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Stanley R. Sloan

victim to the populist-led fear campaign against EU membership – a campaign aided and abetted by many of Cameron’s fellow Conservative Party members. Cameron was replaced as Conservative Party leader and prime minister by Theresa May, who in March 2017 initiated the process of negotiating the UK’s departure from the EU. The process, under Article 50 of the Lisbon Treaty on European Union, promised to stretch out over many months or even years. Whether it will end up as a “soft” departure, with generous terms for the UK, or a more punitive approach, remains to be

in Transatlantic traumas
A European education?
David Marquand

. Against that background the current debate on the outcome of the EU referendum is hopelessly inadequate. Among former Remainers as well as former Leavers, the prevailing assumption is that, because around 37 per cent of the eligible electorate voted Leave, there is nothing more to be said. Article 50 of the Lisbon treaty has been invoked; and that is the end of the story. But as Lord Kerr, who wrote Article 50, has pointed out, the British government’s Article 50 application is revocable. In fact, the future is open. We are not doomed to suffer the economic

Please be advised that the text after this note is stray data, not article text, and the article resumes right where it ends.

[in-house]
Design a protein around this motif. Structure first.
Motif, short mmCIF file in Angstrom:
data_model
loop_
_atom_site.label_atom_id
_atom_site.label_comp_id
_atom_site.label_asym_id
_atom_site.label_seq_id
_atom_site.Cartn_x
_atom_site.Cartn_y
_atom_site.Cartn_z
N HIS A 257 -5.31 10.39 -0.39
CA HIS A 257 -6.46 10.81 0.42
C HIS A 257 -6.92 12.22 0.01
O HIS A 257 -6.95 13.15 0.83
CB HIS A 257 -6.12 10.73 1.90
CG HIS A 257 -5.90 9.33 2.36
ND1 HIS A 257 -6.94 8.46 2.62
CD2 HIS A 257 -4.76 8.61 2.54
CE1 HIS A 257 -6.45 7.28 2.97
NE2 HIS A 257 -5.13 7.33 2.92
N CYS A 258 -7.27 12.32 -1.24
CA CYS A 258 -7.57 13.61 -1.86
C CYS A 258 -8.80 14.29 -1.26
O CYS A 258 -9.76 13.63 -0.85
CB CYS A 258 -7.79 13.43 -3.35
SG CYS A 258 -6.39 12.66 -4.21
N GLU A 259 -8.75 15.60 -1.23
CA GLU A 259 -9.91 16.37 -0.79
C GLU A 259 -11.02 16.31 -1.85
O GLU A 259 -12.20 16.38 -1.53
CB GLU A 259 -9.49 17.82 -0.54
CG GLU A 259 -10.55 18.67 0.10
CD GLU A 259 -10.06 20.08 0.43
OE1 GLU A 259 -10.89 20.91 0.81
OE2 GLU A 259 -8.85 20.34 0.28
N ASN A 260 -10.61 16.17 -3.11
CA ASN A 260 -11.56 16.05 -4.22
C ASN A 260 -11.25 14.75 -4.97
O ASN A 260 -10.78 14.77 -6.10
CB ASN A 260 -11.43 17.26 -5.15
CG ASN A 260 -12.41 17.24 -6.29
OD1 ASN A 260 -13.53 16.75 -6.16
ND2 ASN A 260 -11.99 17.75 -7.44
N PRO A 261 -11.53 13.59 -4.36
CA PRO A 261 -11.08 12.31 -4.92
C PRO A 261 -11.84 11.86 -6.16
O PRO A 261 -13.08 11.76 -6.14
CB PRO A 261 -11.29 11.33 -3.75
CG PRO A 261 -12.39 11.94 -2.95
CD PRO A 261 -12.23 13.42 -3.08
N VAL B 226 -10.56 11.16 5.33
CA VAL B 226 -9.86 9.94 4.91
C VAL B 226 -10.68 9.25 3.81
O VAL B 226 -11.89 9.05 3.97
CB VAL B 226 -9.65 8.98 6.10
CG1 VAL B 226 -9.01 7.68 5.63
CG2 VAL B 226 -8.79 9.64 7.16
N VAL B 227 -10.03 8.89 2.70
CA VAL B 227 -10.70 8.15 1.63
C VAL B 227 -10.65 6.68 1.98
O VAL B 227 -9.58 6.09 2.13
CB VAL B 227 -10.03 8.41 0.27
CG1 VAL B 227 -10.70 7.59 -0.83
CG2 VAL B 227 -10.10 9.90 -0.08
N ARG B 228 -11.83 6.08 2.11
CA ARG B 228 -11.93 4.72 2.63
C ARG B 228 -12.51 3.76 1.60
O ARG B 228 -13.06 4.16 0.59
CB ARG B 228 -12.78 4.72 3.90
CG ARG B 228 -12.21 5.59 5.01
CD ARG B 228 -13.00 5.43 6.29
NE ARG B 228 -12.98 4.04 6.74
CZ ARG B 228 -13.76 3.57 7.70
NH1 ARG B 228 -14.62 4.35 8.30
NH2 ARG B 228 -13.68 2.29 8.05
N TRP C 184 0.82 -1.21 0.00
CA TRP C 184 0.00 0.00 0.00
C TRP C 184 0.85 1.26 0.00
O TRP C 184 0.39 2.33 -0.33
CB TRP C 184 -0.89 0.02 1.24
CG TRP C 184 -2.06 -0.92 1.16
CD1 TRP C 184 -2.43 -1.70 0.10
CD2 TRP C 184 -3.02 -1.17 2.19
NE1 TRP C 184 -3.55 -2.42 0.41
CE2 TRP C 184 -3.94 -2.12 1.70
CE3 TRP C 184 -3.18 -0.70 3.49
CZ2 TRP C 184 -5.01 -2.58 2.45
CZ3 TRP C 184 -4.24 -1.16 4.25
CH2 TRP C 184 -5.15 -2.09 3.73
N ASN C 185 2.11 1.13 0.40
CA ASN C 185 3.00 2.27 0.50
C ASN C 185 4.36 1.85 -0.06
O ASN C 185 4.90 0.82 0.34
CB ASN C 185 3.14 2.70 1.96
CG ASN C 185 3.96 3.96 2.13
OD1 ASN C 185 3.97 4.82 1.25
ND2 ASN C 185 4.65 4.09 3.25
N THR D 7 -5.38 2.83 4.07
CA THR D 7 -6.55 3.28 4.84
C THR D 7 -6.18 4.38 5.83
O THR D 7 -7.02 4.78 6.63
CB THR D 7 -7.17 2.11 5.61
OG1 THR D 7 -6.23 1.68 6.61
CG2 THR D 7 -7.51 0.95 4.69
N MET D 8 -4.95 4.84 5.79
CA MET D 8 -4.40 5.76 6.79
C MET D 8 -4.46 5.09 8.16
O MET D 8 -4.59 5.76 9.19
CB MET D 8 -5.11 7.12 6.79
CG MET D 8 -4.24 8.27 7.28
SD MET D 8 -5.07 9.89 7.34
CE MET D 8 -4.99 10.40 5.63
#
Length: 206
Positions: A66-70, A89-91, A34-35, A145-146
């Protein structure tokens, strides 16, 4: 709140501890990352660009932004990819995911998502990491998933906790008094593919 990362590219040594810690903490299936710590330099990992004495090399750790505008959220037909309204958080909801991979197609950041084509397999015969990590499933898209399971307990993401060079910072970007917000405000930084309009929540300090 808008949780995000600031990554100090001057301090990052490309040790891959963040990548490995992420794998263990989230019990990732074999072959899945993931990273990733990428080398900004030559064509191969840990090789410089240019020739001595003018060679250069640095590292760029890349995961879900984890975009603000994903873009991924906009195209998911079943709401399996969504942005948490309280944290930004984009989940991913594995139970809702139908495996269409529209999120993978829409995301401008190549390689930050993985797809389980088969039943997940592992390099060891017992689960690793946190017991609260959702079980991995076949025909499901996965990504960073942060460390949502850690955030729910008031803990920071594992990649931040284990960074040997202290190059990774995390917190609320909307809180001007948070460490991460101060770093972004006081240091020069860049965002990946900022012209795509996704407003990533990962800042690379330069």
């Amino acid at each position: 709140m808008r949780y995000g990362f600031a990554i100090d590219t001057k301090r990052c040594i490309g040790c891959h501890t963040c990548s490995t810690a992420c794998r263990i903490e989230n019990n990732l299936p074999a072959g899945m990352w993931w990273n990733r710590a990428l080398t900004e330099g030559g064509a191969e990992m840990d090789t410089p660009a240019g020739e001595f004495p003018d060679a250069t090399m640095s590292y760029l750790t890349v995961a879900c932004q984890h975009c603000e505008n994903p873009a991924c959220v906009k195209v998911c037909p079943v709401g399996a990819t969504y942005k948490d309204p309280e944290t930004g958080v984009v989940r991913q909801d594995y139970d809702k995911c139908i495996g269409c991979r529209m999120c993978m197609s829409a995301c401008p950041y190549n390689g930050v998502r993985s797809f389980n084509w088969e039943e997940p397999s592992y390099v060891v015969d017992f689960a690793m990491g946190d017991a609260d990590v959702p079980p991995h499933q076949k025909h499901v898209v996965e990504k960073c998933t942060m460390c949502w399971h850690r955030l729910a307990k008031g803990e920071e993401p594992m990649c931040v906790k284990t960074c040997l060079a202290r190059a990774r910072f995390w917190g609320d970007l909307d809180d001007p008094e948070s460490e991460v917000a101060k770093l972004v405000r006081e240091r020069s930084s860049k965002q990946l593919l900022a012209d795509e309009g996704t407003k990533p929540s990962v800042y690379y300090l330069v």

in Making social democrats
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From convergence to divergence and back?
James W. Peterson and Jacek Lubecki

deployment of these units. In June 2017, the European Council had cited the Lisbon Treaty in its effort to broaden the base of the costs that members incurred in support of the program. Specifically, the BGs would consist of 1,500 personnel who would be prepared for 30-day missions that could be extended to 120 days. The aim would be the establishment of two such units at a time, and they would be in standby for six months. Overall, the BGs

in Defense policies of East-Central European countries after 1989
Shivdeep Grewal

’ (McCarthy, 1997: vii). The goal was to take the project of modernity further forward. The ‘prolonged depression’ in Europe anticipated H  E  21 by Habermas (2005: 4) in the event of a French ‘No’ vote would form part of a deeper civilisation malaise, not just be a recurrence of Europessimism. Even after the rejection of the Lisbon Treaty by Irish voters in 2008, Habermas (2008a) continued to campaign for the legitimation of Europe’s constitutional order. In an article from the same year, he remembered the role played by Wolfgang Abendroth

in Habermas and European Integration (second edition)
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Crisis and change
Kathryn Simpson and Michael Holmes

. Available at: www.bbc.com/news/uk-politics-35616768 [accessed 1 August 2020]. Buzek , J. ( 2009 ) ‘ Europe is back on track: the Lisbon Treaty good for Ireland – good for Europe ’. European Parliament press release , 3 October. Available at: www.europarl.europa.eu/sides/getDoc.do?pubRef=-//EP//TEXT+IM-PRESS+20091003IPR61802+0+DOC+XML+V0//EN

in Ireland and the European Union